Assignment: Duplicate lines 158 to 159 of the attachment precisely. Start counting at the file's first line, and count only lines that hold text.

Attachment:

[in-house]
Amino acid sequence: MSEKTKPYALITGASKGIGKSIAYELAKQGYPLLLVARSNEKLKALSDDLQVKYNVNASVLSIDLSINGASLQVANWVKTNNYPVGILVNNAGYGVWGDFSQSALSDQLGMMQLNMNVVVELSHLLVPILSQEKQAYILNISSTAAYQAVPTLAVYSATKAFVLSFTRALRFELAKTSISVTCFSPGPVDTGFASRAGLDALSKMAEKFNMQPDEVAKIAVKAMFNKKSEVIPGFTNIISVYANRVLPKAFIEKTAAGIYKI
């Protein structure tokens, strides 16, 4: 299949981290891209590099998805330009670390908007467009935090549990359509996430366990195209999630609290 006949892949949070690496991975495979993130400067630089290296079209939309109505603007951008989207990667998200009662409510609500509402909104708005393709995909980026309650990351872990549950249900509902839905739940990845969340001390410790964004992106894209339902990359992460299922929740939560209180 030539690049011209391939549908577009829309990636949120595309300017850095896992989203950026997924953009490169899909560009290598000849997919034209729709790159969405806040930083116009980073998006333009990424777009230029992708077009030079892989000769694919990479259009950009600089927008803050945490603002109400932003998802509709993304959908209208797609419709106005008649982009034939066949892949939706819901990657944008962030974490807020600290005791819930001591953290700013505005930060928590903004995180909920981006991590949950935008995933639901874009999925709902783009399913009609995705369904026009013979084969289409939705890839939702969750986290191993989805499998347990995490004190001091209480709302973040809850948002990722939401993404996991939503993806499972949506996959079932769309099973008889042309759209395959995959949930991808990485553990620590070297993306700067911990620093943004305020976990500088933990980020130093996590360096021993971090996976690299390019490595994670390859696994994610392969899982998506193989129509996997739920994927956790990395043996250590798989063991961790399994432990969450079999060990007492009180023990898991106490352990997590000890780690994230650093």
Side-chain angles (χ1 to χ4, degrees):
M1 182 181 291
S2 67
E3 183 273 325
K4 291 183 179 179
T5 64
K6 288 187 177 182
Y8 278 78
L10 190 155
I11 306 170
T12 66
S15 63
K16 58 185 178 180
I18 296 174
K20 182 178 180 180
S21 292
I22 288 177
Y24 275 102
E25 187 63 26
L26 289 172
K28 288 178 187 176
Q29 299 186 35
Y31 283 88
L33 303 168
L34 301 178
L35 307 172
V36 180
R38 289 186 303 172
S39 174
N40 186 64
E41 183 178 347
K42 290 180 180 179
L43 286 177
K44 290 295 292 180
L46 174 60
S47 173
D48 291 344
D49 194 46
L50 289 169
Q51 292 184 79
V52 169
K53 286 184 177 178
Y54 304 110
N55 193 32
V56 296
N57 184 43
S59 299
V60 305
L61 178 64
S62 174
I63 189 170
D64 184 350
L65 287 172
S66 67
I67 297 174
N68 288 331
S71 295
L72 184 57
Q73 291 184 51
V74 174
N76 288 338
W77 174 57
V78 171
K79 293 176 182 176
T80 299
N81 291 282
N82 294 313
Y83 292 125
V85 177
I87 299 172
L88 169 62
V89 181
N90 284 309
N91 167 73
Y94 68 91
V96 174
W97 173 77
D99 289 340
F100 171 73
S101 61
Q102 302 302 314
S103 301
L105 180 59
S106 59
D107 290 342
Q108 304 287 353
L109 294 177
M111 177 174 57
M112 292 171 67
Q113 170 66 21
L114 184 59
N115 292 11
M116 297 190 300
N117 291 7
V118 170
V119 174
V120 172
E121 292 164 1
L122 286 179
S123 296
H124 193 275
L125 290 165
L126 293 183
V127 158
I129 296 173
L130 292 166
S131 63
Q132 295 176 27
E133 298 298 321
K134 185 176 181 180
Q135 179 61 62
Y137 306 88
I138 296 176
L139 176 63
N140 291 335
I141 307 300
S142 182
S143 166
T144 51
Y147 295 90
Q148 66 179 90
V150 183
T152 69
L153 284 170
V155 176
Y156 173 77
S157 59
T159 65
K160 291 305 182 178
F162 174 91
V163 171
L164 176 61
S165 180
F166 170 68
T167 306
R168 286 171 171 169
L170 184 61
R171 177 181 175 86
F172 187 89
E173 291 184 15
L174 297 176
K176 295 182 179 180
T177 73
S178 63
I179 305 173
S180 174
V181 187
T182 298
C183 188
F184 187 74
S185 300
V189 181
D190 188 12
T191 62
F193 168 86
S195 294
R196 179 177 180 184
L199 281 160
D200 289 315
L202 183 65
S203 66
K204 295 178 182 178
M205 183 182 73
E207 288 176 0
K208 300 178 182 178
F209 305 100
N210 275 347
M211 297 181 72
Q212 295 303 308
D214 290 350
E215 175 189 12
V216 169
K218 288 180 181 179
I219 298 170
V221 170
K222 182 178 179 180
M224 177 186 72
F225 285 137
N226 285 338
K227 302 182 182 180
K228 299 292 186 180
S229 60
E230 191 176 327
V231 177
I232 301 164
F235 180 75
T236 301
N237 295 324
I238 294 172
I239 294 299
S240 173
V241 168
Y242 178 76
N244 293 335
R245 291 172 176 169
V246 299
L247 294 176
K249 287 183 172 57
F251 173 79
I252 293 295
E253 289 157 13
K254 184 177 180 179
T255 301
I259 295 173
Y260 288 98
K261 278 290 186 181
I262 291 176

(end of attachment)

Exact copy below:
F193 168 86
S195 294